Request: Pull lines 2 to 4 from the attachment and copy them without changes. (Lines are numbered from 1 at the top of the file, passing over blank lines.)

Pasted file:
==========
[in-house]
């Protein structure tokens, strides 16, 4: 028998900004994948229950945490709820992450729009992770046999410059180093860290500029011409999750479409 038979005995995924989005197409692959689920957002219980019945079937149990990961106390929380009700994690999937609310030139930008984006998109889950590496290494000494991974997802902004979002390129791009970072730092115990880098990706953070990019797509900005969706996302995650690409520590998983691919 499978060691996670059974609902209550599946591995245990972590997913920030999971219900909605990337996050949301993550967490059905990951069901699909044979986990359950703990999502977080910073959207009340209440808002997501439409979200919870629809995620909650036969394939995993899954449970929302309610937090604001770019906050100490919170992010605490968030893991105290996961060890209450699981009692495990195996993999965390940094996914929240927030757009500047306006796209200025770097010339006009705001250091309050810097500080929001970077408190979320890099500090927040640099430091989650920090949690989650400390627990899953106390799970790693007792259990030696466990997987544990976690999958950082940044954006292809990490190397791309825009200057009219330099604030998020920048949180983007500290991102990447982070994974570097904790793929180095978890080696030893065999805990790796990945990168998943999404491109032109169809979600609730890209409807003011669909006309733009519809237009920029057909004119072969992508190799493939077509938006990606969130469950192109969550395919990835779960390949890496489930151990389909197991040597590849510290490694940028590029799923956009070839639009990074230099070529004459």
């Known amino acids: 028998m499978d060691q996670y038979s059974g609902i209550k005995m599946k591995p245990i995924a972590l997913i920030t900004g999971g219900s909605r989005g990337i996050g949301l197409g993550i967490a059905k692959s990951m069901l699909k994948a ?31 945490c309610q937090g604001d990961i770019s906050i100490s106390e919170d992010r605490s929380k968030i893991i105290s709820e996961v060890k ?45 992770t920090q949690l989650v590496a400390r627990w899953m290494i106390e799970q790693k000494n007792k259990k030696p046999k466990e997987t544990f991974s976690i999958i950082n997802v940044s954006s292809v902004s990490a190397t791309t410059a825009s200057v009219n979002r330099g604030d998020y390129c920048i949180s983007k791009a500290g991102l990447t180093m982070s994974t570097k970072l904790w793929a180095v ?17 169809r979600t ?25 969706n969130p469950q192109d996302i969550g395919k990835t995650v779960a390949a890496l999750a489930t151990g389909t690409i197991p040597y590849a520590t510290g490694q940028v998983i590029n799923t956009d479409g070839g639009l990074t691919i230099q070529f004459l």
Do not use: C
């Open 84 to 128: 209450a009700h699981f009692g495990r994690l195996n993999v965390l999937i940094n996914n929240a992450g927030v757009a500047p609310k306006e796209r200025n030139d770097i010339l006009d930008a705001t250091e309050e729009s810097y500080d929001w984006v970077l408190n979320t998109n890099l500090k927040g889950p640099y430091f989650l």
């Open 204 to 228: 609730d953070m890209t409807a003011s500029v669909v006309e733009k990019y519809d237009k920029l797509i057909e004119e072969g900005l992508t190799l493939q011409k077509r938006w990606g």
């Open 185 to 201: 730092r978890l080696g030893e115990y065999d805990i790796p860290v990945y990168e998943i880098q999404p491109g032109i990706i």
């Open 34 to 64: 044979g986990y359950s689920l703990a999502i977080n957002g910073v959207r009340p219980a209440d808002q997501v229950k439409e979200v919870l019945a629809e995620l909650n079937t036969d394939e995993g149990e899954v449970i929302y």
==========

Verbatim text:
């Protein structure tokens, strides 16, 4: 028998900004994948229950945490709820992450729009992770046999410059180093860290500029011409999750479409 038979005995995924989005197409692959689920957002219980019945079937149990990961106390929380009700994690999937609310030139930008984006998109889950590496290494000494991974997802902004979002390129791009970072730092115990880098990706953070990019797509900005969706996302995650690409520590998983691919 499978060691996670059974609902209550599946591995245990972590997913920030999971219900909605990337996050949301993550967490059905990951069901699909044979986990359950703990999502977080910073959207009340209440808002997501439409979200919870629809995620909650036969394939995993899954449970929302309610937090604001770019906050100490919170992010605490968030893991105290996961060890209450699981009692495990195996993999965390940094996914929240927030757009500047306006796209200025770097010339006009705001250091309050810097500080929001970077408190979320890099500090927040640099430091989650920090949690989650400390627990899953106390799970790693007792259990030696466990997987544990976690999958950082940044954006292809990490190397791309825009200057009219330099604030998020920048949180983007500290991102990447982070994974570097904790793929180095978890080696030893065999805990790796990945990168998943999404491109032109169809979600609730890209409807003011669909006309733009519809237009920029057909004119072969992508190799493939077509938006990606969130469950192109969550395919990835779960390949890496489930151990389909197991040597590849510290490694940028590029799923956009070839639009990074230099070529004459």
């Known amino acids: 028998m499978d060691q996670y038979s059974g609902i209550k005995m599946k591995p245990i995924a972590l997913i920030t900004g999971g219900s909605r989005g990337i996050g949301l197409g993550i967490a059905k692959s990951m069901l699909k994948a ?31 945490c309610q937090g604001d990961i770019s906050i100490s106390e919170d992010r605490s929380k968030i893991i105290s709820e996961v060890k ?45 992770t920090q949690l989650v590496a400390r627990w899953m290494i106390e799970q790693k000494n007792k259990k030696p046999k466990e997987t544990f991974s976690i999958i950082n997802v940044s954006s292809v902004s990490a190397t791309t410059a825009s200057v009219n979002r330099g604030d998020y390129c920048i949180s983007k791009a500290g991102l990447t180093m982070s994974t570097k970072l904790w793929a180095v ?17 169809r979600t ?25 969706n969130p469950q192109d996302i969550g395919k990835t995650v779960a390949a890496l999750a489930t151990g389909t690409i197991p040597y590849a520590t510290g490694q940028v998983i590029n799923t956009d479409g070839g639009l990074t691919i230099q070529f004459l």
Do not use: C